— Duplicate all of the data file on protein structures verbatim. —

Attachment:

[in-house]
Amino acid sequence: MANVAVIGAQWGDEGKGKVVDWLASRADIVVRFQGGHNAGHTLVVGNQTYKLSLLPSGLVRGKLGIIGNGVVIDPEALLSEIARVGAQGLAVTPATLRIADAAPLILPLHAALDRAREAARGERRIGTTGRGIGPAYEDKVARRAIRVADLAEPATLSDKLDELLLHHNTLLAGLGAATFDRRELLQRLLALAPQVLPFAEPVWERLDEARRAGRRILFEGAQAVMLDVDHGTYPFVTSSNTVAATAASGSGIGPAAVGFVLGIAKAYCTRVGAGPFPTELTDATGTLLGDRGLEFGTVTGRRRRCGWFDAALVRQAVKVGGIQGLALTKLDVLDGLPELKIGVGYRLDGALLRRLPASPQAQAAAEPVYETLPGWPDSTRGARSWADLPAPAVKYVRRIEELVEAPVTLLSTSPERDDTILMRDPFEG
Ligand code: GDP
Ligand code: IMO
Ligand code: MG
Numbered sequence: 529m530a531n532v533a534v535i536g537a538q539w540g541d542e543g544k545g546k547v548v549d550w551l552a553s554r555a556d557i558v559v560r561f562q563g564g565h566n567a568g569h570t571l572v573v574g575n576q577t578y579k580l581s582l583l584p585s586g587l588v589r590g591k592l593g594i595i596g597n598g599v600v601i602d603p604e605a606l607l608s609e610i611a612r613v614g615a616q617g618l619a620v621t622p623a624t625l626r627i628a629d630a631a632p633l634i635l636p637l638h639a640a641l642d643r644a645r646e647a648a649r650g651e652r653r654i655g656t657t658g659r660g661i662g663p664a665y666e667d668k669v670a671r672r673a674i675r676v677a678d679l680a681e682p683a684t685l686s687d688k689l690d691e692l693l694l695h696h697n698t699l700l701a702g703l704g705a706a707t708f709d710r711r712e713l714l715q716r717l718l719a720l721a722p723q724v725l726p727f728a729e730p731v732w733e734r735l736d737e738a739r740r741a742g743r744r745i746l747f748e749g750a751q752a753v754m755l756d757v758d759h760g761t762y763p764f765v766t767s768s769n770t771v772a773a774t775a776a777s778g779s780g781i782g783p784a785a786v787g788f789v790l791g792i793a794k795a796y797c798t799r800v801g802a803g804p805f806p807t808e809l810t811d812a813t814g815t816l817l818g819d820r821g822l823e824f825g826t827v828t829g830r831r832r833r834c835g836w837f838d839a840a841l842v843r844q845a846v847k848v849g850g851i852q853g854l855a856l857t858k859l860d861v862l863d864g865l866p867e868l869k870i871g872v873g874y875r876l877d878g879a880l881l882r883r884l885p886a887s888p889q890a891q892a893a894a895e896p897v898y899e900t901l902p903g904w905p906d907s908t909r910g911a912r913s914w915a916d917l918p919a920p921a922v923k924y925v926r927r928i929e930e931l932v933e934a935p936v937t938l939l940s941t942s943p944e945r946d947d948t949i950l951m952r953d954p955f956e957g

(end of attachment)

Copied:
[in-house]
Amino acid sequence: MANVAVIGAQWGDEGKGKVVDWLASRADIVVRFQGGHNAGHTLVVGNQTYKLSLLPSGLVRGKLGIIGNGVVIDPEALLSEIARVGAQGLAVTPATLRIADAAPLILPLHAALDRAREAARGERRIGTTGRGIGPAYEDKVARRAIRVADLAEPATLSDKLDELLLHHNTLLAGLGAATFDRRELLQRLLALAPQVLPFAEPVWERLDEARRAGRRILFEGAQAVMLDVDHGTYPFVTSSNTVAATAASGSGIGPAAVGFVLGIAKAYCTRVGAGPFPTELTDATGTLLGDRGLEFGTVTGRRRRCGWFDAALVRQAVKVGGIQGLALTKLDVLDGLPELKIGVGYRLDGALLRRLPASPQAQAAAEPVYETLPGWPDSTRGARSWADLPAPAVKYVRRIEELVEAPVTLLSTSPERDDTILMRDPFEG
Ligand code: GDP
Ligand code: IMO
Ligand code: MG
Numbered sequence: 529m530a531n532v533a534v535i536g537a538q539w540g541d542e543g544k545g546k547v548v549d550w551l552a553s554r555a556d557i558v559v560r561f562q563g564g565h566n567a568g569h570t571l572v573v574g575n576q577t578y579k580l581s582l583l584p585s586g587l588v589r590g591k592l593g594i595i596g597n598g599v600v601i602d603p604e605a606l607l608s609e610i611a612r613v614g615a616q617g618l619a620v621t622p623a624t625l626r627i628a629d630a631a632p633l634i635l636p637l638h639a640a641l642d643r644a645r646e647a648a649r650g651e652r653r654i655g656t657t658g659r660g661i662g663p664a665y666e667d668k669v670a671r672r673a674i675r676v677a678d679l680a681e682p683a684t685l686s687d688k689l690d691e692l693l694l695h696h697n698t699l700l701a702g703l704g705a706a707t708f709d710r711r712e713l714l715q716r717l718l719a720l721a722p723q724v725l726p727f728a729e730p731v732w733e734r735l736d737e738a739r740r741a742g743r744r745i746l747f748e749g750a751q752a753v754m755l756d757v758d759h760g761t762y763p764f765v766t767s768s769n770t771v772a773a774t775a776a777s778g779s780g781i782g783p784a785a786v787g788f789v790l791g792i793a794k795a796y797c798t799r800v801g802a803g804p805f806p807t808e809l810t811d812a813t814g815t816l817l818g819d820r821g822l823e824f825g826t827v828t829g830r831r832r833r834c835g836w837f838d839a840a841l842v843r844q845a846v847k848v849g850g851i852q853g854l855a856l857t858k859l860d861v862l863d864g865l866p867e868l869k870i871g872v873g874y875r876l877d878g879a880l881l882r883r884l885p886a887s888p889q890a891q892a893a894a895e896p897v898y899e900t901l902p903g904w905p906d907s908t909r910g911a912r913s914w915a916d917l918p919a920p921a922v923k924y925v926r927r928i929e930e931l932v933e934a935p936v937t938l939l940s941t942s943p944e945r946d947d948t949i950l951m952r953d954p955f956e957g